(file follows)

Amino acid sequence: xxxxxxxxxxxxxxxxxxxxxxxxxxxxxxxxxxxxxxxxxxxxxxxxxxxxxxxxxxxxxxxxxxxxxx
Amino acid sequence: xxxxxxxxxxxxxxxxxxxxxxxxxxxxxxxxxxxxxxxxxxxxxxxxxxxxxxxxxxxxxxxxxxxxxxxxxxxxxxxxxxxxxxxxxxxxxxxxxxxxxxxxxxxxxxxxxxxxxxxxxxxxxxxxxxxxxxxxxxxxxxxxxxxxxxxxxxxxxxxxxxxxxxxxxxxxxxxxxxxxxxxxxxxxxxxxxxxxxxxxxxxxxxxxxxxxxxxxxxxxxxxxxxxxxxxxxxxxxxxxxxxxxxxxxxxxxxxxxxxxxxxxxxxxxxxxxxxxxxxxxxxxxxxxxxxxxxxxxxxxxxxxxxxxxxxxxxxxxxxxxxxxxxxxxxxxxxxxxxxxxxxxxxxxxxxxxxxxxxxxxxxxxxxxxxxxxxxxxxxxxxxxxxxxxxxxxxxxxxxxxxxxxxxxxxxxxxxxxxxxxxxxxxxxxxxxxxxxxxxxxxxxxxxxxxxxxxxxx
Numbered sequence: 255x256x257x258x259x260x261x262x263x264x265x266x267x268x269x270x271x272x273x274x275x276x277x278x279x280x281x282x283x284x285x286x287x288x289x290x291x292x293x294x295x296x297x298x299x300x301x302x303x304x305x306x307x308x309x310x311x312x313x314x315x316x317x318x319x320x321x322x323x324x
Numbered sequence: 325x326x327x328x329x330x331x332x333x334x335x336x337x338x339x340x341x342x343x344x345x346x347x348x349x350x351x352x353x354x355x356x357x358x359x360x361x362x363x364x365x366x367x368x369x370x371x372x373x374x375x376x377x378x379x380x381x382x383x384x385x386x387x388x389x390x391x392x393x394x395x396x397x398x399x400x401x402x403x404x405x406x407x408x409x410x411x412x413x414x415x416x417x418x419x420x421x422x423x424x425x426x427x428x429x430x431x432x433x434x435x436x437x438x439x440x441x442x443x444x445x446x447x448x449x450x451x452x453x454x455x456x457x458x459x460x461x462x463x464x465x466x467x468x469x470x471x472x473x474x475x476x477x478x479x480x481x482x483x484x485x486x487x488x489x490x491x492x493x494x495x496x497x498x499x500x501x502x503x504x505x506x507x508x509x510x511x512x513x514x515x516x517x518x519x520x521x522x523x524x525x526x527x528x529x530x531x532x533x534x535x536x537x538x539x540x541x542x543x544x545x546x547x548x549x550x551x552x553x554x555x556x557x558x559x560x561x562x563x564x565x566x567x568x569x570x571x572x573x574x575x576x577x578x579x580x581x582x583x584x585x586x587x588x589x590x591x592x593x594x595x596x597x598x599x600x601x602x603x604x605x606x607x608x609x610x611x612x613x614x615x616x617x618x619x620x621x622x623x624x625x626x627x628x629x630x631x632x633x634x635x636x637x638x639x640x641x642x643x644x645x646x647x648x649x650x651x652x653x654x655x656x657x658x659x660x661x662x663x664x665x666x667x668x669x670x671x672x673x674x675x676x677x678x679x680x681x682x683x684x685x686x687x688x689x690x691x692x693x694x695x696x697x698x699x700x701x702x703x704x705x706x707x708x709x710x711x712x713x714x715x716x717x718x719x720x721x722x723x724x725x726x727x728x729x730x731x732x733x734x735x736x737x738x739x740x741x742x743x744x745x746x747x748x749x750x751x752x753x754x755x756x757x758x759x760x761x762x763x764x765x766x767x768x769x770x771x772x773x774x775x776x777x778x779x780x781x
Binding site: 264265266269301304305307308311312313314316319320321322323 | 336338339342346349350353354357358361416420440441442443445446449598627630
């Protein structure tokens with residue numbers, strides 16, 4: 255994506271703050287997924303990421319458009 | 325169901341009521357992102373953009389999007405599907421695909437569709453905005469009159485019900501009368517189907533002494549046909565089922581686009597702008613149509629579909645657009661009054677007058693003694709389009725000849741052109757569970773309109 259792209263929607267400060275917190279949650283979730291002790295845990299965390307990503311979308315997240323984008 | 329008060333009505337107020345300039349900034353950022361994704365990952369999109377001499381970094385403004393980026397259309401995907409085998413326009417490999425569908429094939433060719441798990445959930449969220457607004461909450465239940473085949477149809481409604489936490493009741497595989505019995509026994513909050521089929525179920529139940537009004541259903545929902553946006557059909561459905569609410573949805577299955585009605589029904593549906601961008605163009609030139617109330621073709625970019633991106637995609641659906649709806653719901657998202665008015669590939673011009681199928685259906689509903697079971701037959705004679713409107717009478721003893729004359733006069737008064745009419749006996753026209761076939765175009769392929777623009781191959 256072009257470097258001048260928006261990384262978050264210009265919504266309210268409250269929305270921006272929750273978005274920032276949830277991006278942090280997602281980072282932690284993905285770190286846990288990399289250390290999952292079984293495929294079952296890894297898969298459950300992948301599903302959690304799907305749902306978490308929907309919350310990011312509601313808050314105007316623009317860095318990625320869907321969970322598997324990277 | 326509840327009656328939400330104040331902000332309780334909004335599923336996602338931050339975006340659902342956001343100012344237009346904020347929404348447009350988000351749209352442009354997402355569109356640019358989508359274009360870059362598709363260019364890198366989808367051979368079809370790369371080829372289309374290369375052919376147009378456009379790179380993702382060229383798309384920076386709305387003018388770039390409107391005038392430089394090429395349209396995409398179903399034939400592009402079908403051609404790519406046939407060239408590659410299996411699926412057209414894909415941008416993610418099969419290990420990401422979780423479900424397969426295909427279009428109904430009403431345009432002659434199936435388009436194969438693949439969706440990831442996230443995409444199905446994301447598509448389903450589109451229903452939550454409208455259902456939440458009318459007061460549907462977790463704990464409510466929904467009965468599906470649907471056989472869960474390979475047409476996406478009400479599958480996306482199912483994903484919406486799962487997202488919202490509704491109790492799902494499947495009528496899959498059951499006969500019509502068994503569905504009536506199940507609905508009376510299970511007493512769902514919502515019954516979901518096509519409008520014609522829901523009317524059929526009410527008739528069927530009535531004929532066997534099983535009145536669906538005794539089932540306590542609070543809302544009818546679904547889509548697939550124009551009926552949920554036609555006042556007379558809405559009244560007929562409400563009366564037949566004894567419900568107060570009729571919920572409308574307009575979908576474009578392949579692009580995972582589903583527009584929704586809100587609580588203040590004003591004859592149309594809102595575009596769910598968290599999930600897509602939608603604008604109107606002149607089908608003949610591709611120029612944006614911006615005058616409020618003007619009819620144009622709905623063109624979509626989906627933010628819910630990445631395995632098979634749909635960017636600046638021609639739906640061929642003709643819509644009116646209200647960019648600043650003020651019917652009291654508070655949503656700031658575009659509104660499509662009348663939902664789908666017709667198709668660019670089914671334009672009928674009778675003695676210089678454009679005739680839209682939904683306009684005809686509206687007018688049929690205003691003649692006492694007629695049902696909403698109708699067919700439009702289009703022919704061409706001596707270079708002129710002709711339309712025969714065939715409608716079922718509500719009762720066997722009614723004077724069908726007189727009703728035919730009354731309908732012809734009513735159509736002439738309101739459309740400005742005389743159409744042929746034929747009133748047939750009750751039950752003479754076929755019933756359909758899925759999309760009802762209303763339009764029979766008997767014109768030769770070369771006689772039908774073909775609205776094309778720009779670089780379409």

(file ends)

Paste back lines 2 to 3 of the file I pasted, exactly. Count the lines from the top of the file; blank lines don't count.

Amino acid sequence: xxxxxxxxxxxxxxxxxxxxxxxxxxxxxxxxxxxxxxxxxxxxxxxxxxxxxxxxxxxxxxxxxxxxxxxxxxxxxxxxxxxxxxxxxxxxxxxxxxxxxxxxxxxxxxxxxxxxxxxxxxxxxxxxxxxxxxxxxxxxxxxxxxxxxxxxxxxxxxxxxxxxxxxxxxxxxxxxxxxxxxxxxxxxxxxxxxxxxxxxxxxxxxxxxxxxxxxxxxxxxxxxxxxxxxxxxxxxxxxxxxxxxxxxxxxxxxxxxxxxxxxxxxxxxxxxxxxxxxxxxxxxxxxxxxxxxxxxxxxxxxxxxxxxxxxxxxxxxxxxxxxxxxxxxxxxxxxxxxxxxxxxxxxxxxxxxxxxxxxxxxxxxxxxxxxxxxxxxxxxxxxxxxxxxxxxxxxxxxxxxxxxxxxxxxxxxxxxxxxxxxxxxxxxxxxxxxxxxxxxxxxxxxxxxxxxxxxxx
Numbered sequence: 255x256x257x258x259x260x261x262x263x264x265x266x267x268x269x270x271x272x273x274x275x276x277x278x279x280x281x282x283x284x285x286x287x288x289x290x291x292x293x294x295x296x297x298x299x300x301x302x303x304x305x306x307x308x309x310x311x312x313x314x315x316x317x318x319x320x321x322x323x324x